Mercy Launches AI-Driven Texting Program to Prevent Chemo-Related Hospitalizations

November 14, 2023

ST. LOUIS – Chemotherapy is a lifesaving treatment for many cancer patients, but the side effects can lead to hospitalizations. Named The Chen Chemotherapy Model after lead data scientist Jiajing Chen, the new AI-driven texting platform is proving valuable at keeping patients out of the hospital by raising red flags before symptoms become severe.

Chen served Mercy for nearly four years before she lost her own battle to cancer earlier this year. Prior to her diagnosis, Chen used her expertise in statistical modeling, machine learning algorithms and predictive analytics to develop the model that would later help others like her.

Mercy doctor's coat Jiajing Chen

“Jiajing always had a passion for medicine and for helping people,” said Andy Greenwood, Chen’s husband. “She was a medical student in China for a few years before coming to the U.S., then found herself in public health using her analytical and computer skills to help patients.”

The Chen Chemotherapy Model creates a risk score for non-leukemia chemotherapy patients over age 18. Continuously learning, the model predicts the likelihood of outpatient chemotherapy patients experiencing symptoms that may result in hospitalization within 30 days of their chemotherapy treatment. 

Once opted into the smart texting platform, patients receive a daily text for seven days, except weekends and holidays. The text includes a list of symptoms including diarrhea, pain, fever, fatigue, nausea/vomiting or no symptoms.

“Historically, we have not known which patients are having a problem until they presented to the ER or called the office, which was typically late in the day when we had limited options available,” said Dr. Jay Carlson, medical director of Mercy oncology service line. “The Chen Chemotherapy Model and smart texting allows us to proactively manage these patients and identify when they are having problems earlier in the journey. This means they may be able to be treated in the office, recover faster and feel better overall.”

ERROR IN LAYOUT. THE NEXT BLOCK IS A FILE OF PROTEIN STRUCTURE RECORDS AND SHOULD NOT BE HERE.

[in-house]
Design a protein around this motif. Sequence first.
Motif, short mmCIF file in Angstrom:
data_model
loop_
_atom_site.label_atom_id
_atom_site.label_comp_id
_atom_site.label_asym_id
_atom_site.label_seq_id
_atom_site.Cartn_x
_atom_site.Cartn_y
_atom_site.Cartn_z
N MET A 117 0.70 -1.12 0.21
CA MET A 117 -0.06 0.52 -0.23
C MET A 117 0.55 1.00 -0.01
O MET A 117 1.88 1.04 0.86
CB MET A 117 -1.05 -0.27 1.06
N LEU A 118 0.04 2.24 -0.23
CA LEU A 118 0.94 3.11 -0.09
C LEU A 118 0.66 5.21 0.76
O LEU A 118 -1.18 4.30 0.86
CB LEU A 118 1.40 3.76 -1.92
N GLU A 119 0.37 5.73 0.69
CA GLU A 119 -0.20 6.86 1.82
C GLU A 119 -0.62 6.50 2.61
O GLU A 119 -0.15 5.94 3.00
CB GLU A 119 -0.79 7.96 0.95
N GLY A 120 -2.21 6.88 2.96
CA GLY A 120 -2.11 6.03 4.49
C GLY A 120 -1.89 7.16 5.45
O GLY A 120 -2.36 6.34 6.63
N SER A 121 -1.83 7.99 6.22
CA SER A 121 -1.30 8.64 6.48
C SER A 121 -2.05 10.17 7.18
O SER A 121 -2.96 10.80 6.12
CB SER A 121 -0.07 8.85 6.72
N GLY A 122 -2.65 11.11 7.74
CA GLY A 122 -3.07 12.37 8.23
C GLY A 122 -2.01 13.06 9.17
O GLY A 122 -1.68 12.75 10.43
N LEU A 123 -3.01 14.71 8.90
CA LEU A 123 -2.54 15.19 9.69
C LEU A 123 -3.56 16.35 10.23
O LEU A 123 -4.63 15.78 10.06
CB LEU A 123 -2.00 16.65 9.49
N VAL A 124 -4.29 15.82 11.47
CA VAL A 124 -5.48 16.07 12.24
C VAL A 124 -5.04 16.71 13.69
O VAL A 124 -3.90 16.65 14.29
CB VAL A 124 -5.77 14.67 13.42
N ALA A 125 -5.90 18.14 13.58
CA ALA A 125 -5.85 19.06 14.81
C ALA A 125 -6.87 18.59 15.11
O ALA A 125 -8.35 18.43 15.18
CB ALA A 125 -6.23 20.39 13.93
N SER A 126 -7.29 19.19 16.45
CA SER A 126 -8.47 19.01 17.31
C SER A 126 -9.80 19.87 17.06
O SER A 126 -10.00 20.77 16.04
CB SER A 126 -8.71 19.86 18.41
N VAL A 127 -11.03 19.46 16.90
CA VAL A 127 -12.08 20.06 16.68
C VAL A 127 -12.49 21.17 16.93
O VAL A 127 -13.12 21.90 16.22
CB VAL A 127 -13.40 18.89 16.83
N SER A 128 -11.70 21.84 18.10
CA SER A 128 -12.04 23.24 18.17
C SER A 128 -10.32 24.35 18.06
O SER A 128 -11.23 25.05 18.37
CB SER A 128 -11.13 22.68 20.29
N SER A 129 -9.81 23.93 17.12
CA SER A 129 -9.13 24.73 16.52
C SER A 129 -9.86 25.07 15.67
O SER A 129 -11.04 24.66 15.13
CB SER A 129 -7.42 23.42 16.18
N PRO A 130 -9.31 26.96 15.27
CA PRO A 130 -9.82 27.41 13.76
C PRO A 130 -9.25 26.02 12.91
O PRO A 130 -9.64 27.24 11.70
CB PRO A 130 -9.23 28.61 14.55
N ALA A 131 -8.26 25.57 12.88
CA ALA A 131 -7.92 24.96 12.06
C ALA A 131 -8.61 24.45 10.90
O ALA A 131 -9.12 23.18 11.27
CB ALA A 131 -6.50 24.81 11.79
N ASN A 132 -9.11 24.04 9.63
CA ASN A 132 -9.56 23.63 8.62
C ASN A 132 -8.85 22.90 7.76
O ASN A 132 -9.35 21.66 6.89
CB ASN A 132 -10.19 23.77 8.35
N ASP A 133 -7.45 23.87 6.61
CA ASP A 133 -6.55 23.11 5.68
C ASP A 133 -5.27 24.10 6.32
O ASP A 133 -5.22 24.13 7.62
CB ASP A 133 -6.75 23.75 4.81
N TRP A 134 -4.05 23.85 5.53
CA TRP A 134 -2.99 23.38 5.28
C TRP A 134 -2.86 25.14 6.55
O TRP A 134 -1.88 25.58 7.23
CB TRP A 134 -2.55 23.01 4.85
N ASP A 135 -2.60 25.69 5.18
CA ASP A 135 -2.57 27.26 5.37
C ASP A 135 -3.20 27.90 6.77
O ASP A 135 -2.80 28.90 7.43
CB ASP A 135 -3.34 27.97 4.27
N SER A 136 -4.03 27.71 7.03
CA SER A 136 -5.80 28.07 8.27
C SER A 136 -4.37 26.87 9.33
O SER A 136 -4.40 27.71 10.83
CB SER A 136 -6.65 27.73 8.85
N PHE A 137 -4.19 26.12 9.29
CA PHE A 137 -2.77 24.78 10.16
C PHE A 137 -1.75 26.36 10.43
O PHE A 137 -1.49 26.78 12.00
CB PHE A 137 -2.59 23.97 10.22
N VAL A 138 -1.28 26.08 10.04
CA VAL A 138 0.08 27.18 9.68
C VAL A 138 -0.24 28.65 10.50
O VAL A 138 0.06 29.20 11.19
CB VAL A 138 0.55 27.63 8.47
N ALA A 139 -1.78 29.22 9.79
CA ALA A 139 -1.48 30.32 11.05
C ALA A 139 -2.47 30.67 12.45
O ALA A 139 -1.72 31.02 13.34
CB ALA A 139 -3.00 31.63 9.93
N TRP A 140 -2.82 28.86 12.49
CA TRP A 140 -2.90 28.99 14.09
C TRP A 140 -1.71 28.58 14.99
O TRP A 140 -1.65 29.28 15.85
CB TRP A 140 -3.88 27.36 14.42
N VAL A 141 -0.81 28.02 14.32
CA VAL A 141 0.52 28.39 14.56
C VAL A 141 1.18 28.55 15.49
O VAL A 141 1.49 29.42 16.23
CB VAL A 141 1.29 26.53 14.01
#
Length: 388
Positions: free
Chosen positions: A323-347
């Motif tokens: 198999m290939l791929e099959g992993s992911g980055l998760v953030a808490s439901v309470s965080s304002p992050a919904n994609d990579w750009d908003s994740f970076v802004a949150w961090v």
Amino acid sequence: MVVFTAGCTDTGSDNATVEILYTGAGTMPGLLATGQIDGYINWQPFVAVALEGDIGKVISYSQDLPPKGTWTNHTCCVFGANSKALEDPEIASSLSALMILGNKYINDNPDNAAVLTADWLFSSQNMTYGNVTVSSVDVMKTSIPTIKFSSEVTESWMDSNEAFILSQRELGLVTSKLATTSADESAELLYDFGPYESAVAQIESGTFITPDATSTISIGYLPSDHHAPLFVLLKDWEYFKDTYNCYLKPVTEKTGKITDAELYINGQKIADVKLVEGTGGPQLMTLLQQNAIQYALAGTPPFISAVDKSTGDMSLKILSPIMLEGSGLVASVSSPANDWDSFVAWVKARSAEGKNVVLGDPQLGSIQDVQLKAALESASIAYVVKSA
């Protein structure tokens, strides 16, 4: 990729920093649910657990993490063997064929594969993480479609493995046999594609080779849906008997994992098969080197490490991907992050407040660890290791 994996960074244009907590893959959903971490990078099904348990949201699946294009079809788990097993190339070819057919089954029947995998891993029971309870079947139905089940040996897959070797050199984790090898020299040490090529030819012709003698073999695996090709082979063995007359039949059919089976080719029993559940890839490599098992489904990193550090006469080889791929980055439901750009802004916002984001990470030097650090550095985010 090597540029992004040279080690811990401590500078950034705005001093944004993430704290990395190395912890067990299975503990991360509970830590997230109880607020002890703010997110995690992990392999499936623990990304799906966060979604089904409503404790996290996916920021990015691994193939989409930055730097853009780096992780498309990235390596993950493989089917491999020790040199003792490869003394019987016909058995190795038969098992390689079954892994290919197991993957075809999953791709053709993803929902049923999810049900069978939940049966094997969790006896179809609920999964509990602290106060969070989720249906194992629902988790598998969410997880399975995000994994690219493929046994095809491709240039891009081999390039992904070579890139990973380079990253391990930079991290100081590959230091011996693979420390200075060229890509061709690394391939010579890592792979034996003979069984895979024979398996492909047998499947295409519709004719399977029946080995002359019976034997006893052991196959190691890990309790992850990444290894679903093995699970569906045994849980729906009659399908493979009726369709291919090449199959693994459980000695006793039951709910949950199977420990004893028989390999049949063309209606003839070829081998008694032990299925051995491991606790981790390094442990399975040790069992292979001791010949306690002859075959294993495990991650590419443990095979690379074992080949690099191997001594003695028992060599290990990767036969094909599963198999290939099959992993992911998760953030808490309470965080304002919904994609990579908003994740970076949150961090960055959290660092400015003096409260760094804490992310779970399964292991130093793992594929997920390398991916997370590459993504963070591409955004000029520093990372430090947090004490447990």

When a patient selects a symptom, they are prompted to rate it and, based on their answers, the information may be escalated to their provider.

Greenwood said this project meant so much to Chen, whose short battle with a rare and aggressive form of cancer interrupted her work. “When she was in the hospital, she used all her strength to make sure her knowledge was passed along to her Mercy colleagues,” Greenwood said. “The project, named for Jiajing, will be a legacy I can share with our children, ages 1 and 4, to help them know their mother.”

Chen won Innovator of the Year at the 2020 ACCC National Oncology Conference for her work on the model, which has been improved with Epic workflow integration and texting technology. The new smart texting program using The Chen Chemotherapy Model is the first of many use cases made possible by the Mercy and Microsoft collaboration

More about Jiajing Chen, her contributions and life’s work
Chen held a Ph.D. in health outcomes research and a master’s in biostatistics and epidemiology from Saint Louis University. Her expertise included statistical modeling, machine learning algorithms and predictive analytics. She chaired a Mercy analytic work group involved in a comparative electronic health record study, known as real-world evidence, leading to Food and Drug Administration approval for a medical device label extension.

Prior to joining Mercy, Chen was a faculty member at the Saint Louis University Department of Health and Clinical Outcomes Research. Her research interests included health and economic outcomes research associated with diabetes, cardiovascular disease, cancer and organ transplants. She had extensive experience working on large national databases including private health insurance administrative data, SEER-Medicare data and the Organ Procurement and Transplantation Network.